Citation Etiquette

In a paper I’m currently writing I need to note the existence of each of the following, without any direct comment on them:

  • Gettier’s argument that knowledge is not justified true belief
  • Kripke’s argument that there are contingent a priori truths
  • Evans’s distinction between deep and superficial contingency

Given none of them are been discussed in any detail, which of them need a citation? My first guess was no on Gettier, yes on Evans and maybe on Kripke. This suggests 30 years is about when philosophical views pass into common knowledge.

(Shouldn’t I cite everything? No – I wouldn’t dream of citing Einstein if I just noted the existence of relativity theory. The question is when, if ever, philosophical views acquire that status.)

2 Replies to “Citation Etiquette”

  1. I agree with your guesses but not with your explanation.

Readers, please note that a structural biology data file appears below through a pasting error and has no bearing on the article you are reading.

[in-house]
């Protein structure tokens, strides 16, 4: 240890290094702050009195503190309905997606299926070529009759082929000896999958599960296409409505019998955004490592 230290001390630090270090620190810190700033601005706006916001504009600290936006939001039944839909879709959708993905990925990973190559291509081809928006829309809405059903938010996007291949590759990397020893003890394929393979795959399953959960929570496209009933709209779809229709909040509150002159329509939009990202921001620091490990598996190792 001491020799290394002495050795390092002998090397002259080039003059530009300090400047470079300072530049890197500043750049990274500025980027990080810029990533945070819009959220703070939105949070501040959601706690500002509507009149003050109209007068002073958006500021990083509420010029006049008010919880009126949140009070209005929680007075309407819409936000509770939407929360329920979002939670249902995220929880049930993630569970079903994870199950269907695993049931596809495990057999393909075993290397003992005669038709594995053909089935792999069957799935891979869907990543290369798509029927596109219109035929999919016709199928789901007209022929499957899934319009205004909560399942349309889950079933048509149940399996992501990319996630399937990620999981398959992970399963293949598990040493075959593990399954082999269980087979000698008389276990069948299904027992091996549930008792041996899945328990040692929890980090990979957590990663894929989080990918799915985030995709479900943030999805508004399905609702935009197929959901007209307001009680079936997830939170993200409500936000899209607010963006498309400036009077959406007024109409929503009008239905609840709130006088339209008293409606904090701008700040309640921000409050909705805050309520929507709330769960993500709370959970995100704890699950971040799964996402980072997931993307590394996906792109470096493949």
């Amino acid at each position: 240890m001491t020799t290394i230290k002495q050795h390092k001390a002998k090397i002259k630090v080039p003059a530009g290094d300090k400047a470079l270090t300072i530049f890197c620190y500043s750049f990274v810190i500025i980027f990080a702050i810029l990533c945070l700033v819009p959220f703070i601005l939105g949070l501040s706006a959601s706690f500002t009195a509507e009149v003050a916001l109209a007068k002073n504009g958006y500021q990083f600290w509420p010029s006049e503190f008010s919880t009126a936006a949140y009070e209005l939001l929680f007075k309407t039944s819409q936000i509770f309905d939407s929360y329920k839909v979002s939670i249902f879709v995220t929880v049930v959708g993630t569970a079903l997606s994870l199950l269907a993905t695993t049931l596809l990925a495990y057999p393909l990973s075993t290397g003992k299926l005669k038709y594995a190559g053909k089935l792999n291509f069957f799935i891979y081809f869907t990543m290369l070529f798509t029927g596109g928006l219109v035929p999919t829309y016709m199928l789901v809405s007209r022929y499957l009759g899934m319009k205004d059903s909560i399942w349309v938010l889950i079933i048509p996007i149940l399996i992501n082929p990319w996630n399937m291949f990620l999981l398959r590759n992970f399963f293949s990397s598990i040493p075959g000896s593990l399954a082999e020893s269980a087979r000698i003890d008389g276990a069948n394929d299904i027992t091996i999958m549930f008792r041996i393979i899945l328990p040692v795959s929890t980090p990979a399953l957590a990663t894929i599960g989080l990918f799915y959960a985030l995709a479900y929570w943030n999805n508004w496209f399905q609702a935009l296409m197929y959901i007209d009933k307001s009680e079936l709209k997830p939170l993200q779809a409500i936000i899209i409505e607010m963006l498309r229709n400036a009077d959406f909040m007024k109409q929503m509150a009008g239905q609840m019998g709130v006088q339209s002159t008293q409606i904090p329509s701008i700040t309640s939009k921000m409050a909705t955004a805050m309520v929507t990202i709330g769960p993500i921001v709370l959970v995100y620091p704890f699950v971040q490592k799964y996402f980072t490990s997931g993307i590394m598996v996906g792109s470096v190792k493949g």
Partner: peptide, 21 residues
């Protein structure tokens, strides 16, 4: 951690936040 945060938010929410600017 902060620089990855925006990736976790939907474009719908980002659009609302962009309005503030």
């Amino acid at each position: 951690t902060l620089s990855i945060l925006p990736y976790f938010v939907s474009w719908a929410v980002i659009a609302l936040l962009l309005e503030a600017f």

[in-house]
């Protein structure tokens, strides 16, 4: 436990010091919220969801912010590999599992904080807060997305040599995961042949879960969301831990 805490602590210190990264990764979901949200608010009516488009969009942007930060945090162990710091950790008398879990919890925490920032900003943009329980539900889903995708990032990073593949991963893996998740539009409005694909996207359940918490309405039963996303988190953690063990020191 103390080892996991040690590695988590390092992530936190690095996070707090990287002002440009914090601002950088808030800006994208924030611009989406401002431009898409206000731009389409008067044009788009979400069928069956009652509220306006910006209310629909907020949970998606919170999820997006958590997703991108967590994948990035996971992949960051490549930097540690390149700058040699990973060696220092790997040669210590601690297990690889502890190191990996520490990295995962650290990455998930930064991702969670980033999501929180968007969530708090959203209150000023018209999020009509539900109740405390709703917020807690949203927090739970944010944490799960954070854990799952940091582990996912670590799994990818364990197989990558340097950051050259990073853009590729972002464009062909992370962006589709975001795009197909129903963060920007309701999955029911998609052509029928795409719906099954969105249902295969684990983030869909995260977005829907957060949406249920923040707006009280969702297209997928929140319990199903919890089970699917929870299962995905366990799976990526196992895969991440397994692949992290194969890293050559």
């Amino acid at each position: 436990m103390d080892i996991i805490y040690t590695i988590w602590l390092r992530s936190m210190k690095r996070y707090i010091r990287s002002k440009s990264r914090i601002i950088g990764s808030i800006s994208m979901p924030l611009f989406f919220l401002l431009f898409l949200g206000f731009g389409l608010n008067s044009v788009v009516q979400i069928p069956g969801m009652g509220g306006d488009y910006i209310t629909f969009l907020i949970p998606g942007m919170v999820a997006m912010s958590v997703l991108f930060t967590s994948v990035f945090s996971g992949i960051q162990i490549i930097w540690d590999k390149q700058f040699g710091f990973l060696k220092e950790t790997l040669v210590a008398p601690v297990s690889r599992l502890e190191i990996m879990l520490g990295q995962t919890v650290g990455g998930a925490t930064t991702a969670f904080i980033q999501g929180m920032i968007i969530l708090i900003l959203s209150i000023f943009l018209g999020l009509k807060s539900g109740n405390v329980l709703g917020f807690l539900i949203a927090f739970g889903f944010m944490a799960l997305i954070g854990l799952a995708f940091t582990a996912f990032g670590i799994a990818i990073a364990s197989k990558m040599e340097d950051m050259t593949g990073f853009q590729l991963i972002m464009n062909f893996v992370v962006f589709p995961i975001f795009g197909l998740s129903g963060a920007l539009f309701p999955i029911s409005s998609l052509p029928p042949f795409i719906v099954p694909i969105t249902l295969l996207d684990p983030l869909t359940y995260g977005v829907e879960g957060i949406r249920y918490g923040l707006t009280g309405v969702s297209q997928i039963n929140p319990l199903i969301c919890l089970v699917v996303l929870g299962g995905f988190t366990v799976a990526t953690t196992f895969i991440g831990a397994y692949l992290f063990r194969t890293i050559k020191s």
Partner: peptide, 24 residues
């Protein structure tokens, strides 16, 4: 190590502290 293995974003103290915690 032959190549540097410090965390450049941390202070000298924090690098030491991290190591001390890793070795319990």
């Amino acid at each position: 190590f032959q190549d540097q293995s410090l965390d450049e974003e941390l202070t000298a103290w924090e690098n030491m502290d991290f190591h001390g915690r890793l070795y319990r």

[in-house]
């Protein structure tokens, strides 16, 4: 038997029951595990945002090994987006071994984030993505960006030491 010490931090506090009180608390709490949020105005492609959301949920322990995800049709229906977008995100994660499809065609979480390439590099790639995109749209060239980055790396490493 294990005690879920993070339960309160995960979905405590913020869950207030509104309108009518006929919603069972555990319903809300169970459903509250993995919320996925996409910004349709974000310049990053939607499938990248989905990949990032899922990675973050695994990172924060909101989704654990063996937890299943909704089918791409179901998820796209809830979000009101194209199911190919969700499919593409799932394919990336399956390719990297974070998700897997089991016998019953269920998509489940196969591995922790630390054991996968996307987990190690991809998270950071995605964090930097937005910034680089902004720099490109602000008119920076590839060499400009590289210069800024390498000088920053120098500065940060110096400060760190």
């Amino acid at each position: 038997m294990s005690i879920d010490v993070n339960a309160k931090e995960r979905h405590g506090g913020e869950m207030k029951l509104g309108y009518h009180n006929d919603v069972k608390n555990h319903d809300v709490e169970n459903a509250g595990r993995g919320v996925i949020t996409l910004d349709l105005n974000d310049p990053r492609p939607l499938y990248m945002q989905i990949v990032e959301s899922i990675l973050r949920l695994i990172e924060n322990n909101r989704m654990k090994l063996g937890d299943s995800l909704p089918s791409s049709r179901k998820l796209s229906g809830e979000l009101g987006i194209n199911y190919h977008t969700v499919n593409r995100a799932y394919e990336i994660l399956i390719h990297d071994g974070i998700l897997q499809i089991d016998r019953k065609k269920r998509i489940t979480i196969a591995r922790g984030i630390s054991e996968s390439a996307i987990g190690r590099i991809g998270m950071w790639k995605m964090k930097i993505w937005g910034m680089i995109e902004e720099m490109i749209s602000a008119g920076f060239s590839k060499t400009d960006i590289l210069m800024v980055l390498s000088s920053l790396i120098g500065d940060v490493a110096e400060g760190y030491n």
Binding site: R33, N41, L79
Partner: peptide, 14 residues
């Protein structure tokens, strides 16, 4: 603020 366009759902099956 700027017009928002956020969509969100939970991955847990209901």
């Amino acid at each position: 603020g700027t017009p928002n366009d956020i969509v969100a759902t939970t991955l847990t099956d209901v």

The reason you don’t have to cite Gettier, and possibly not Kripke, has to do not with the number of elapsed years, but with the depth of penetration of their ideas into the general philosophical community. I think I’d have given the same guess ten years ago, maybe even more — I suspect it wouldn’t have been necessary to cite Gettier except by name even in 1980.

    On the other hand I suspect that you’d have to cite Evans 20 years from now for that particular distinction. It just isn’t part of the lingua franca the way Gettier’s argument and Kripke’s position are.

    Put it this way: a moderately well educated undergrad philosophy major can be expected to have heard of Gettier counterexamples and may well have read Kripke. The same cannot be said for Evans — I mean in no way to deny his importance in saying this.

  2. I agree with Kremer except that I do mean to deny Evans’ importance (given the overall context of this discussion).

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